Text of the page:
We find another example of the ruin as gateway to the fantastic in post-war imaginary, Alan Gardners Eliador (1965). Here children playing in the derelict streets of Manchester are transported to a solemn mist-shrouded, mythical Narnia, whose sacred artefacts of the Tuatha Dé Danann when lifted out of the dreamscape and placed in the real world become transposed into the most mundane objects imaginable, yet manage to interfere with television transmissions concreting the power of the mythic in the contemporary and domestic.
Roland picked his way over the rubble to the other side of the church door, and there he found a door,  which sagged open on broken hinges: two floorboards were nailed across the doorway. Roland climbed into a passage with several rooms leading off it. Water tricked from a fractured pipe. There were the smells of soot and cat.   
The rooms were empty except for the things that are always left behind.  There were some mouldering Sunday-school registers, a brassbound Bible, a faded sepia photograph of the Whitsun procession of 1909, a copy of Kirktons Standard Temperance Reciter, presented to John Beddowes  by the Pendlebury Band of Hope, February 1888. There was a broken saucer. There was a jam-jar furred green with long-dried water. 
Eliador - Alan Garner 
Setting aside the parallels between Garners ruined church and Hobans cathedral (the grean, the animal smel)  Garners catalogue of ephemera could well have composed one of Ridgewells 'portraits', or a page from Salvador Dali's diary, had Salv' been blessed by being born in Salford.

Tabletop Portrait of Doug Harris

Portraits, oil painted collections of ephemera, fragments of imagery, tokens of places and locations pulled into the horizon - perhaps a psychogeographical map of the internal life, places lived or loved or a portfolio of property, a painted display of ownership and wealth, as the purpose served by the landscape in oils tradition served, rendered conveniently observable and neatly arranged on a shelf.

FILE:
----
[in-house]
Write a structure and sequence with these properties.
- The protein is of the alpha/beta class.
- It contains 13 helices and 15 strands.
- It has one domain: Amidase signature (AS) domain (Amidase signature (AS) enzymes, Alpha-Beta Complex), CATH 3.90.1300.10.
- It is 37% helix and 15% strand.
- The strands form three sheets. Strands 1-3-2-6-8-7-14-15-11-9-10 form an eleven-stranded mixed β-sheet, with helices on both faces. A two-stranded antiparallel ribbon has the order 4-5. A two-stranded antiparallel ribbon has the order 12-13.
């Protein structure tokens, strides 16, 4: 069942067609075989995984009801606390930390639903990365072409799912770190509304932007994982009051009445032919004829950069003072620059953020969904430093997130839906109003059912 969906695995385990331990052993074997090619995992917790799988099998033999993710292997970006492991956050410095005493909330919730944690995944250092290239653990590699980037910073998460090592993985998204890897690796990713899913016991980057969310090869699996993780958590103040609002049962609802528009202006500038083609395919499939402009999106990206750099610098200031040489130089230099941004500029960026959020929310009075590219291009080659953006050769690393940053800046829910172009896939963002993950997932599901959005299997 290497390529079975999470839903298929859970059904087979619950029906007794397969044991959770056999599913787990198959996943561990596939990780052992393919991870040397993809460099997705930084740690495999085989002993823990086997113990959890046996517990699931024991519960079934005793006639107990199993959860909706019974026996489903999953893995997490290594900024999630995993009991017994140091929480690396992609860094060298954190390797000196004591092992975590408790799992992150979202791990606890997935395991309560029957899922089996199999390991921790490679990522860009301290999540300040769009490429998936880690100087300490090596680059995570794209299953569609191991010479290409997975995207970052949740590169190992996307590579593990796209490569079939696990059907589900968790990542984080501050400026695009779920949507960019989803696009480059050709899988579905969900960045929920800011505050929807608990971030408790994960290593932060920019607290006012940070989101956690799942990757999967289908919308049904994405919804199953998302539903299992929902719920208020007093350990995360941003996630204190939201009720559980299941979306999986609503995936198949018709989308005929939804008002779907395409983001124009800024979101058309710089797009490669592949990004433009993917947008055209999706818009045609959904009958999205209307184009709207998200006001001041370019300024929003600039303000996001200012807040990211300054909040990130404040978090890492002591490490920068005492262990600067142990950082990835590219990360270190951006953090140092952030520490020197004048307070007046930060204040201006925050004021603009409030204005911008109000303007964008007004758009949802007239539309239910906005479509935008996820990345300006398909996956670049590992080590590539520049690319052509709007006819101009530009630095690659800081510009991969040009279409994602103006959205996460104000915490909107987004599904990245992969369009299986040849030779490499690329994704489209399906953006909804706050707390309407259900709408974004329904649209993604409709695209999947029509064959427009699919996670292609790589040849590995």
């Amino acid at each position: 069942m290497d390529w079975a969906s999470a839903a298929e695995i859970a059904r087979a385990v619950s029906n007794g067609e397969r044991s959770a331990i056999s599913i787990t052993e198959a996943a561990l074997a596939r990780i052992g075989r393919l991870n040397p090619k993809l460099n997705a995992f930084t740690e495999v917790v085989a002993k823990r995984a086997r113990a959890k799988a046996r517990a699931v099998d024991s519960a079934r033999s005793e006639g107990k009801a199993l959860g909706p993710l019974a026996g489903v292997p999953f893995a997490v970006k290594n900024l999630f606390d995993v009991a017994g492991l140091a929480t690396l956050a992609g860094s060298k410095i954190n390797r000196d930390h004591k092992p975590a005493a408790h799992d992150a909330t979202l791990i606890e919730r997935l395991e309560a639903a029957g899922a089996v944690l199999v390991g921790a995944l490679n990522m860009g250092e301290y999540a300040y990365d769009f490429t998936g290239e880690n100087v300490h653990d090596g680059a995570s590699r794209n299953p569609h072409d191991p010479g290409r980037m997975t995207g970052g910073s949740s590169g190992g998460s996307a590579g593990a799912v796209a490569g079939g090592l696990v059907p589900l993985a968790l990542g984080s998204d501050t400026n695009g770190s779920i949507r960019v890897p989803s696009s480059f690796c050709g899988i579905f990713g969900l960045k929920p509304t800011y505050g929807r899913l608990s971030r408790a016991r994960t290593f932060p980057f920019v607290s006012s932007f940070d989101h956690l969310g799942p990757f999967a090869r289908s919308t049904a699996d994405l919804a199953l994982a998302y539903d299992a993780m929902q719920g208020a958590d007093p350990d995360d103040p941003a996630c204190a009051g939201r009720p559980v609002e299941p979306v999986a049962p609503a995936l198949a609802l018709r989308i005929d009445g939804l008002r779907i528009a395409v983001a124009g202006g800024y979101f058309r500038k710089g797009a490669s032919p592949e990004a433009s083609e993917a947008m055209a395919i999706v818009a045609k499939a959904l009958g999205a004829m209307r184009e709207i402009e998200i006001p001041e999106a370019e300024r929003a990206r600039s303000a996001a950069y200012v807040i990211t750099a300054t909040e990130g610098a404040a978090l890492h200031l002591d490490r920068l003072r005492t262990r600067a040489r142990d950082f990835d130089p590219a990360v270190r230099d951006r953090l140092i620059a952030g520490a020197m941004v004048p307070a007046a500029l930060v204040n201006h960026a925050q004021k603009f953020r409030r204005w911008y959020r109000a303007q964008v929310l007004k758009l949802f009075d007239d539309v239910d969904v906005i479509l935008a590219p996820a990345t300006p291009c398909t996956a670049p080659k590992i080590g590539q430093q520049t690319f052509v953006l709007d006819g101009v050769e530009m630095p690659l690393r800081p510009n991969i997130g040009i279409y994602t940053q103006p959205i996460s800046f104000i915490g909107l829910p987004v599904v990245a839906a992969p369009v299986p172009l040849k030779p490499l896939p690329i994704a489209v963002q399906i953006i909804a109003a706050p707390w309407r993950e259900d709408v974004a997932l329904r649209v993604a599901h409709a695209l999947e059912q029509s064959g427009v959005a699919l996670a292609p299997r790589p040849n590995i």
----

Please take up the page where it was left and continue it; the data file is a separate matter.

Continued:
Ridgewells tabletop paintings more than any other of his works are a meditation on the blending of oil painting painting genres, the still life and the landscape.  presenting a miniature world often contained within a space that appears interior and domestic, the walls becoming ethereal showing the distant landscape beyond, or suggesting a misty mural, b.  else seeded spontaneously within the wreckage, creating a contained, fairy tableaux. The play of scale and artefact, a goldfish bowl becomes a monstrously proportioned intrusion, a lace tablecloth a vast and treacherous cliff.

Tabletop (in Flights of Icarus ) John Ridgewell

Tabletop | John Ridgewell

Johns string paintings we find the space sealed within itself, a painting of a painting that has been finished and ready to be shipped off, or hidden in storage. The thin ghost-white rectangular forms, interrupting the landscape reappears from other works, but instead of an architectural feature, it binds the painting together as string. Pushing trompe-l'œil to its logical conclusion, the string is not simply painted, as the paper edges are, but physically modelled out of oil paint, built up layer by layer.  Is the paper itself decorated, the artist unable to stop himself comulsively turning every surface into a landscape? or is the wrapping becoming transparent betraying the contents underneath, or perhaps the grasses are growing through? The ambiguities that walk through Ridgewells work, seem to have arrived at a destination, painting as subject, themes of rural and rustic, nature reclaiming the man-made, illusionistic and abstract, the inevitability of transience, the dissolution of boundaries, spatial and temporal transportation, something hidden, or missing. A sense of quiet.